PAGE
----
Matched MeSH terms: Asthma/drug therapy
  16. Sulaiman I, Lim JC, Soo HL, Stanslas J
    Pulm Pharmacol Ther, 2016 Oct;40:52-68.
    PMID: 27453494 DOI: 10.1016/j.pupt.2016.07.005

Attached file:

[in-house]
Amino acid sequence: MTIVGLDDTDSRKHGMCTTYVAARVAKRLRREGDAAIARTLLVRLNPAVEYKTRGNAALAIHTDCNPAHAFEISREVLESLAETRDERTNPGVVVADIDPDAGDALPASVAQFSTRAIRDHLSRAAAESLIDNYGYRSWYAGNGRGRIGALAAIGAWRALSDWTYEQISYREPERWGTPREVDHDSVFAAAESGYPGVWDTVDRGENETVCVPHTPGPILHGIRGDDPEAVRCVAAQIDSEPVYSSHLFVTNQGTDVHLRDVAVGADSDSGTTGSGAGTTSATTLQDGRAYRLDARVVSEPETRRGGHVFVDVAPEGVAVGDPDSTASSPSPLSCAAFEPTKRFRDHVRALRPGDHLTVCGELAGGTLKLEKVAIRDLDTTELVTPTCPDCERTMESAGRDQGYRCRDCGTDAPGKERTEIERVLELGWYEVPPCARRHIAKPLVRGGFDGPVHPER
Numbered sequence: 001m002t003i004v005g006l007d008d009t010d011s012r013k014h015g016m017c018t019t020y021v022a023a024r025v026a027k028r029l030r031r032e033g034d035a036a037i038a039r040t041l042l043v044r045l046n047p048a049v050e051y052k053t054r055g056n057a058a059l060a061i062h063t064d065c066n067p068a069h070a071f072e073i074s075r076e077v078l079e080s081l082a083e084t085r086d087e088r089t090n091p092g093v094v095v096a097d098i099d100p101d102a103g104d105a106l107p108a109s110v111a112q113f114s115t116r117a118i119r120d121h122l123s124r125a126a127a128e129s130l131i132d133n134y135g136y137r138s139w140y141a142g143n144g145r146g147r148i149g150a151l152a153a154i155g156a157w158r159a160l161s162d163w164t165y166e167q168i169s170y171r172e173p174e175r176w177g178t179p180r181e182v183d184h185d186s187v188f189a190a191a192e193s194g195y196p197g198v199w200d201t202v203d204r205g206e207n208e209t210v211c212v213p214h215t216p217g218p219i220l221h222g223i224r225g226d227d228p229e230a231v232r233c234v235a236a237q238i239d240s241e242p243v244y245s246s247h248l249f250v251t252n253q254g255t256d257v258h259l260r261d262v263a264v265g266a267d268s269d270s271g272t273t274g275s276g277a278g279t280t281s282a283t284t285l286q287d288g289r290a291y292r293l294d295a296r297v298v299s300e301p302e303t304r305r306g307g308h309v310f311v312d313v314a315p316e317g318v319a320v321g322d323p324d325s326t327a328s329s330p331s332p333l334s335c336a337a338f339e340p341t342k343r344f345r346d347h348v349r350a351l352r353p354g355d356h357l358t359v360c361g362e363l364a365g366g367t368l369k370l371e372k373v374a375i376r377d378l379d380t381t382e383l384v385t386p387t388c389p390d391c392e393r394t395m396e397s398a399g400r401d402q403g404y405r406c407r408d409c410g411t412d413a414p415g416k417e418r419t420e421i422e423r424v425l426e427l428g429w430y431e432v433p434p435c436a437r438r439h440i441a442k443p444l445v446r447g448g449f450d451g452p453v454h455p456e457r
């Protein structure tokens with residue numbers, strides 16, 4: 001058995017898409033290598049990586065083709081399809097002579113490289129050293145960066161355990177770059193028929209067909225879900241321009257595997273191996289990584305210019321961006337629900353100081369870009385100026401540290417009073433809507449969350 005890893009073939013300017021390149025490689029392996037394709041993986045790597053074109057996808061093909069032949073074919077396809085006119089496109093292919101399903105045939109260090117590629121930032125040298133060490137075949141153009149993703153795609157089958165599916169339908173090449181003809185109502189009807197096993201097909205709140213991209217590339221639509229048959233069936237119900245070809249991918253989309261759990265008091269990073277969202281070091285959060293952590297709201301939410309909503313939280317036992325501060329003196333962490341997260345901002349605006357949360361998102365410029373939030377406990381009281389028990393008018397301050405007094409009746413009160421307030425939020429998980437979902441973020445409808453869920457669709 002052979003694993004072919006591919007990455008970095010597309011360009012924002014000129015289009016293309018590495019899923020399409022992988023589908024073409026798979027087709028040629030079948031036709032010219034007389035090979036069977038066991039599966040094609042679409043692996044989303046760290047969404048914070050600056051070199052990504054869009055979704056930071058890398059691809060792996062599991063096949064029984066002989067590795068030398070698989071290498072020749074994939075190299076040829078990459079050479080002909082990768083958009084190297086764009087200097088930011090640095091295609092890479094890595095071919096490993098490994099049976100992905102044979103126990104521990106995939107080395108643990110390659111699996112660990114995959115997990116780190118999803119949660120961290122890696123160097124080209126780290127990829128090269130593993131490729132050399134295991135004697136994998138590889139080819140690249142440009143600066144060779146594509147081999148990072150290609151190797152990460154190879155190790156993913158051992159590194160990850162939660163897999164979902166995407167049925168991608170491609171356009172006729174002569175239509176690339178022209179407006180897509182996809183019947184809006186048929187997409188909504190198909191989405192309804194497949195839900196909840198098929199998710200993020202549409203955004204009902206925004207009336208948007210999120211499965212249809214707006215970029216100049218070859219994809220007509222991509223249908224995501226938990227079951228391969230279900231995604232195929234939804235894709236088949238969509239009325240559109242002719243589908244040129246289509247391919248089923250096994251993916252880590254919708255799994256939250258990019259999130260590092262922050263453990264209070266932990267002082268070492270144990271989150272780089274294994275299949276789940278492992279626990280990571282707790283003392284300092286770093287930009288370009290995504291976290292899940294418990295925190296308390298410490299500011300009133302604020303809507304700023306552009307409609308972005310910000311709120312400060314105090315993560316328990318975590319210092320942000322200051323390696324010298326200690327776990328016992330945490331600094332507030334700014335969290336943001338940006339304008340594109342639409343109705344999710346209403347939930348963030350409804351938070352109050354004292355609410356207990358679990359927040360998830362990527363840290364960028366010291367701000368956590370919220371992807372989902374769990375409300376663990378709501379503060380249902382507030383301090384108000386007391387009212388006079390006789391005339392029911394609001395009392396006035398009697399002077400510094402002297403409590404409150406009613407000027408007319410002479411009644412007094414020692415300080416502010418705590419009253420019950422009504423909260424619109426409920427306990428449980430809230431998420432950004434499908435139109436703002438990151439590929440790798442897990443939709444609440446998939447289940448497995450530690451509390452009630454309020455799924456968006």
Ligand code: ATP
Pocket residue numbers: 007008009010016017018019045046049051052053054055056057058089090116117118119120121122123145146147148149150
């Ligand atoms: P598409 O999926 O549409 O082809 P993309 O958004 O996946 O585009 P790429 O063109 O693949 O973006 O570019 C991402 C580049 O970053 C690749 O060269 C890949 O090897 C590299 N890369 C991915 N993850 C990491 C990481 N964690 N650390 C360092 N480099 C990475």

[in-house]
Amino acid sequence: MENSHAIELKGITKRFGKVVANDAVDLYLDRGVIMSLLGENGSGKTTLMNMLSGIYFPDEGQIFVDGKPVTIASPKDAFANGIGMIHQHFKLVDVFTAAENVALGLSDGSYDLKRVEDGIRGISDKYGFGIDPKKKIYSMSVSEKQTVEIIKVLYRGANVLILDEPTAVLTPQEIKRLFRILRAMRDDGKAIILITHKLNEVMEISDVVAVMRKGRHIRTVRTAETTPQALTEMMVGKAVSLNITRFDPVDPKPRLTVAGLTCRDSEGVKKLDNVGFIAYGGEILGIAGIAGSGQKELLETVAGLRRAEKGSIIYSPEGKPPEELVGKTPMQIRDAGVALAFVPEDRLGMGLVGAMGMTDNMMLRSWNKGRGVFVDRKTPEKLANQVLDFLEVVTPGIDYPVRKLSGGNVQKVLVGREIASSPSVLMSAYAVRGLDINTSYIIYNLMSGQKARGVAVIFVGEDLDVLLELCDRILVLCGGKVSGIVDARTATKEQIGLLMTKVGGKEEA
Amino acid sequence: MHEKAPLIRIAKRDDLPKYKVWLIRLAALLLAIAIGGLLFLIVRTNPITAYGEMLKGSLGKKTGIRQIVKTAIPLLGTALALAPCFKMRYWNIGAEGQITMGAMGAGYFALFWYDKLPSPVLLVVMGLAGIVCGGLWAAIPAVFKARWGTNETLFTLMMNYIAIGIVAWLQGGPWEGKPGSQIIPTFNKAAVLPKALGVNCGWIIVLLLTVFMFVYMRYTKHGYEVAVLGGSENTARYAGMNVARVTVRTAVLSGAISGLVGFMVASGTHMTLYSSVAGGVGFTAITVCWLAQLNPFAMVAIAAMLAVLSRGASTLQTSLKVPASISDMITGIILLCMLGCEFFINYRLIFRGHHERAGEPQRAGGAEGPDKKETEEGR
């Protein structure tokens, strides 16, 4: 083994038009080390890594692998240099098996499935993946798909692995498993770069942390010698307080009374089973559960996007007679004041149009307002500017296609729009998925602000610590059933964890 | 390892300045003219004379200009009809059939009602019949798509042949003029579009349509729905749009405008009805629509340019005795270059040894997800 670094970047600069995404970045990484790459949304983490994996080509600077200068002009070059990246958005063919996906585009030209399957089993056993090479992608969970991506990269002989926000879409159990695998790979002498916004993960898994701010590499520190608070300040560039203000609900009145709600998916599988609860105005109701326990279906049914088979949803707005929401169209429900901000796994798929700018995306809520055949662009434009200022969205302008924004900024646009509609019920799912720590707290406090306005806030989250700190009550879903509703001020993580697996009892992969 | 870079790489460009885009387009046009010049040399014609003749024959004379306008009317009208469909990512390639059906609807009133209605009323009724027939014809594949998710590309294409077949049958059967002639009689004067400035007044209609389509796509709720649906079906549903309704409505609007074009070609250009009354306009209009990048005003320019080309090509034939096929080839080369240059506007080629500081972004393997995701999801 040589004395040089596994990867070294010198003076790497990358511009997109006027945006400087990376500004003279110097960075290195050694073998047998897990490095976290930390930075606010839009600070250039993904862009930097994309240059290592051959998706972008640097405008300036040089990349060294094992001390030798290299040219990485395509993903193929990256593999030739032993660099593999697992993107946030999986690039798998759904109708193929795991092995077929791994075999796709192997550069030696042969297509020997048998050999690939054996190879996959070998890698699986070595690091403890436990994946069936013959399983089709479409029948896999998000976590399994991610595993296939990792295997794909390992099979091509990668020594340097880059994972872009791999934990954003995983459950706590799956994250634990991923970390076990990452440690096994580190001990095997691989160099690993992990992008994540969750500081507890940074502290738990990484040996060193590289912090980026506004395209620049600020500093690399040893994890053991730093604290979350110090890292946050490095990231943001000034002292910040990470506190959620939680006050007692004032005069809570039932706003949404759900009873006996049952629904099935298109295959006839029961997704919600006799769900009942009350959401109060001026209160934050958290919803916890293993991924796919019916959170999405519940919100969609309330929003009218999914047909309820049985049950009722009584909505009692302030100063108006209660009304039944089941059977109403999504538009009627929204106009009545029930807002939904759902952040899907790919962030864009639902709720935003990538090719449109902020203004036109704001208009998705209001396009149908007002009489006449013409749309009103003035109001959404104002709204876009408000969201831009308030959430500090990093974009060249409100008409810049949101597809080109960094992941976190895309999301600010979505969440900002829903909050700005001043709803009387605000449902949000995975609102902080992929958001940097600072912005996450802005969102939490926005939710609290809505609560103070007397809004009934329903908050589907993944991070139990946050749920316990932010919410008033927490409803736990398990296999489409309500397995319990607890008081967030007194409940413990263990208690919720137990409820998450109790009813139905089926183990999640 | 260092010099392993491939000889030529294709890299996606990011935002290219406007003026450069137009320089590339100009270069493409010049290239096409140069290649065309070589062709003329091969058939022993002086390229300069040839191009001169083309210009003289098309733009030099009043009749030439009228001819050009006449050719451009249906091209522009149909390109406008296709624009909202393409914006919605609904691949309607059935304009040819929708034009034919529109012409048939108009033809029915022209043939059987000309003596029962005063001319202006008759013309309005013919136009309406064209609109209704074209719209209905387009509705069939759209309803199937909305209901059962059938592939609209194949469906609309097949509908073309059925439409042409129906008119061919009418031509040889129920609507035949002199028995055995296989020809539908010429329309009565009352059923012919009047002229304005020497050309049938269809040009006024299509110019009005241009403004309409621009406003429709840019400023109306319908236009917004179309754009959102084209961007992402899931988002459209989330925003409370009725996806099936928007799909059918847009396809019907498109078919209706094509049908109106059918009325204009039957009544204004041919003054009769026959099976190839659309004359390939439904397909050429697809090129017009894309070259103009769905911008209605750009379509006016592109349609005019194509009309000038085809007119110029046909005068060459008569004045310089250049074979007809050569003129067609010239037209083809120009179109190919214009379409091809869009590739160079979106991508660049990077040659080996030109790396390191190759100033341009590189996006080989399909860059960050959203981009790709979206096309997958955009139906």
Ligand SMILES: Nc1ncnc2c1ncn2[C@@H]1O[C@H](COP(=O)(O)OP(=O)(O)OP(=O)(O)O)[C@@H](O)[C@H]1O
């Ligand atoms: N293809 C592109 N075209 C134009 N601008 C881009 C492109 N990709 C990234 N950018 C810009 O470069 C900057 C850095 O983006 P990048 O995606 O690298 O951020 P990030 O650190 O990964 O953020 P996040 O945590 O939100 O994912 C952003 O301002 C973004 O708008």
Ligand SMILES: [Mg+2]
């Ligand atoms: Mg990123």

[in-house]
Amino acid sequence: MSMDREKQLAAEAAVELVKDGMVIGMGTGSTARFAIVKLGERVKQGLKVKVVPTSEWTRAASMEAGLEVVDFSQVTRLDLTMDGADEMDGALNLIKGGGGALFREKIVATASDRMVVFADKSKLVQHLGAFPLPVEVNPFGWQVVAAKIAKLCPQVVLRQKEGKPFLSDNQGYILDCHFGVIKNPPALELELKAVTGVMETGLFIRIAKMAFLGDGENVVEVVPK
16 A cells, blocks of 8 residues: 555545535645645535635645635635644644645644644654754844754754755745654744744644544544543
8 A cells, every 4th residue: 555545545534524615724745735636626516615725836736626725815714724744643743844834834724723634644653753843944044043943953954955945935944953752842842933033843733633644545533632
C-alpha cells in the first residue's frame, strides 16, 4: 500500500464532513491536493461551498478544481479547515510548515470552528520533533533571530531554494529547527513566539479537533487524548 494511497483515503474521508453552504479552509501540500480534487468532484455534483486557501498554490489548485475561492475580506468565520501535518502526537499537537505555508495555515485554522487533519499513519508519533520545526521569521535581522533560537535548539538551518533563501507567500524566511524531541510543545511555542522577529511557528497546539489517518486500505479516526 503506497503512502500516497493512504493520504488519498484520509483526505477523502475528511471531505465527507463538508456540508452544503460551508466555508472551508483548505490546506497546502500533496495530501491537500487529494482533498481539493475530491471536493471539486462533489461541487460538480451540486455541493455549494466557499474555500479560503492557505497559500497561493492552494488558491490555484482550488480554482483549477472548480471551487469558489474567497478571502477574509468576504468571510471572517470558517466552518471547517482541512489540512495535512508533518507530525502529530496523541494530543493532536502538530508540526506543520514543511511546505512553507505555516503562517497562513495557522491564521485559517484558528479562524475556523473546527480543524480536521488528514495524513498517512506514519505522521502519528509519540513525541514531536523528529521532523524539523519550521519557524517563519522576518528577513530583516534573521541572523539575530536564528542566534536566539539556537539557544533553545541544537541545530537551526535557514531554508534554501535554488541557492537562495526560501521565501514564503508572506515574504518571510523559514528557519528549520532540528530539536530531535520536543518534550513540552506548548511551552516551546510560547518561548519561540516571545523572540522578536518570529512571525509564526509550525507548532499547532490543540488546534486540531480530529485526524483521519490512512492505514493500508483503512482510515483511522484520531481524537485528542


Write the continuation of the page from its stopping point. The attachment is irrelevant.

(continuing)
Extensive research into the therapeutics of asthma has yielded numerous effective interventions over the past few decades. However, adverse effects and ineffectiveness of most of these medications especially in the management of steroid resistant severe asthma necessitate the development of better medications. Numerous drug targets with inherent airway smooth muscle tone modulatory role have been identified for asthma therapy. This article reviews the latest understanding of underlying molecular aetiology of asthma towards design and development of better antiasthma drugs. New drug candidates with their putative targets that have shown promising results in the preclinical and/or clinical trials are summarised. Examples of these interventions include restoration of Th1/Th2 balance by the use of newly developed immunomodulators such as toll-like receptor-9 activators (CYT003-QbG10 and QAX-935). Clinical trials revealed the safety and effectiveness of chemoattractant receptor-homologous molecule expressed on Th2 cells (CRTH2) antagonists such as OC0000459, BI-671800 and ARRY-502 in the restoration of Th1/Th2 balance. Regulation of cytokine activity by the use of newly developed biologics such as benralizumab, reslizumab, mepolizumab, lebrikizumab, tralokinumab, dupilumab and brodalumab are at the stage of clinical development. Transcription factors are potential targets for asthma therapy, for example SB010, a GATA-3 DNAzyme is at its early stage of clinical trial. Other candidates such as inhibitors of Rho kinases (Fasudil and Y-27632), phosphodiesterase inhibitors (GSK256066, CHF 6001, roflumilast, RPL 554) and proteinase of activated receptor-2 (ENMD-1068) are also discussed. Preclinical results of blockade of calcium sensing receptor by the use of calcilytics such as calcitriol abrogates cardinal signs of asthma. Nevertheless, successful translation of promising preclinical data into clinically viable interventions remains a major challenge to the development of novel anti-asthmatics.